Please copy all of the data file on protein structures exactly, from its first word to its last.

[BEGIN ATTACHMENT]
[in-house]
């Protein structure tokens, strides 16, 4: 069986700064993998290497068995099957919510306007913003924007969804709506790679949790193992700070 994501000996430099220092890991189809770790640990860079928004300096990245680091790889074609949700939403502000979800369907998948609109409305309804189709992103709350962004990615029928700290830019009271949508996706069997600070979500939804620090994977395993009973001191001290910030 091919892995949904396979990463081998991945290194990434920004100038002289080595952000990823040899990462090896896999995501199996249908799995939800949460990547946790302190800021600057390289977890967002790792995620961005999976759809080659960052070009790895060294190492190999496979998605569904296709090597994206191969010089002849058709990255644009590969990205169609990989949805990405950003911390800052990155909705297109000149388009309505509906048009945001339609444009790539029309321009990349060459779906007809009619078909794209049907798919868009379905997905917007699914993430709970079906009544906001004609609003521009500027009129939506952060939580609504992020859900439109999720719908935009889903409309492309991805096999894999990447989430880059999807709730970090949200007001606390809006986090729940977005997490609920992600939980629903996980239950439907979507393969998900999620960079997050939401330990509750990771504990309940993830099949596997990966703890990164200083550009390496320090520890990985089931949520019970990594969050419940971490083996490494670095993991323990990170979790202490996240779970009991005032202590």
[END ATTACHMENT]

[in-house]
């Protein structure tokens, strides 16, 4: 069986700064993998290497068995099957919510306007913003924007969804709506790679949790193992700070 994501000996430099220092890991189809770790640990860079928004300096990245680091790889074609949700939403502000979800369907998948609109409305309804189709992103709350962004990615029928700290830019009271949508996706069997600070979500939804620090994977395993009973001191001290910030 091919892995949904396979990463081998991945290194990434920004100038002289080595952000990823040899990462090896896999995501199996249908799995939800949460990547946790302190800021600057390289977890967002790792995620961005999976759809080659960052070009790895060294190492190999496979998605569904296709090597994206191969010089002849058709990255644009590969990205169609990989949805990405950003911390800052990155909705297109000149388009309505509906048009945001339609444009790539029309321009990349060459779906007809009619078909794209049907798919868009379905997905917007699914993430709970079906009544906001004609609003521009500027009129939506952060939580609504992020859900439109999720719908935009889903409309492309991805096999894999990447989430880059999807709730970090949200007001606390809006986090729940977005997490609920992600939980629903996980239950439907979507393969998900999620960079997050939401330990509750990771504990309940993830099949596997990966703890990164200083550009390496320090520890990985089931949520019970990594969050419940971490083996490494670095993991323990990170979790202490996240779970009991005032202590």